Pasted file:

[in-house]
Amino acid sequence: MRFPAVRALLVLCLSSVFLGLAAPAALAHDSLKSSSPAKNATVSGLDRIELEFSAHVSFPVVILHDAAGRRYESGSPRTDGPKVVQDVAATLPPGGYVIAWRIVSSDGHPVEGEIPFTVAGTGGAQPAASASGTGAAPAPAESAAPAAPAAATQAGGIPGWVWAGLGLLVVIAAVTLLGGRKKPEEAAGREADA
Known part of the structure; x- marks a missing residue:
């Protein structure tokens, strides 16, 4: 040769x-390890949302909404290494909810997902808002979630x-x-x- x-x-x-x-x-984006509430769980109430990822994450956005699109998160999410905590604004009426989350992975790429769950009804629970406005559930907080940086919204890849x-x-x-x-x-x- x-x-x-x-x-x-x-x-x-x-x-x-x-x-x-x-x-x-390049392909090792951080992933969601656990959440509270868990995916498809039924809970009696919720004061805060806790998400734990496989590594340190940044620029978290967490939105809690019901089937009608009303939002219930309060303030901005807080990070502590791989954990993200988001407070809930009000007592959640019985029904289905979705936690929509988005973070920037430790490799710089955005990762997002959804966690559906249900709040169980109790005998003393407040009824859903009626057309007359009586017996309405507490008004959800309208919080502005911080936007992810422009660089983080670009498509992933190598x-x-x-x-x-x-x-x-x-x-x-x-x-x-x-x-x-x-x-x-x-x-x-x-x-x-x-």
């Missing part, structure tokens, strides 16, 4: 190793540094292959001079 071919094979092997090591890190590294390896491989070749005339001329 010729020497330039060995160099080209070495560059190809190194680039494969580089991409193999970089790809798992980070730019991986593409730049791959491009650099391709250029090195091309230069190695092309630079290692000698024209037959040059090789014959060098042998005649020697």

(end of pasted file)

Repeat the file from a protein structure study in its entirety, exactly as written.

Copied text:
[in-house]
Amino acid sequence: MRFPAVRALLVLCLSSVFLGLAAPAALAHDSLKSSSPAKNATVSGLDRIELEFSAHVSFPVVILHDAAGRRYESGSPRTDGPKVVQDVAATLPPGGYVIAWRIVSSDGHPVEGEIPFTVAGTGGAQPAASASGTGAAPAPAESAAPAAPAAATQAGGIPGWVWAGLGLLVVIAAVTLLGGRKKPEEAAGREADA
Known part of the structure; x- marks a missing residue:
């Protein structure tokens, strides 16, 4: 040769x-390890949302909404290494909810997902808002979630x-x-x- x-x-x-x-x-984006509430769980109430990822994450956005699109998160999410905590604004009426989350992975790429769950009804629970406005559930907080940086919204890849x-x-x-x-x-x- x-x-x-x-x-x-x-x-x-x-x-x-x-x-x-x-x-x-390049392909090792951080992933969601656990959440509270868990995916498809039924809970009696919720004061805060806790998400734990496989590594340190940044620029978290967490939105809690019901089937009608009303939002219930309060303030901005807080990070502590791989954990993200988001407070809930009000007592959640019985029904289905979705936690929509988005973070920037430790490799710089955005990762997002959804966690559906249900709040169980109790005998003393407040009824859903009626057309007359009586017996309405507490008004959800309208919080502005911080936007992810422009660089983080670009498509992933190598x-x-x-x-x-x-x-x-x-x-x-x-x-x-x-x-x-x-x-x-x-x-x-x-x-x-x-």
């Missing part, structure tokens, strides 16, 4: 190793540094292959001079 071919094979092997090591890190590294390896491989070749005339001329 010729020497330039060995160099080209070495560059190809190194680039494969580089991409193999970089790809798992980070730019991986593409730049791959491009650099391709250029090195091309230069190695092309630079290692000698024209037959040059090789014959060098042998005649020697």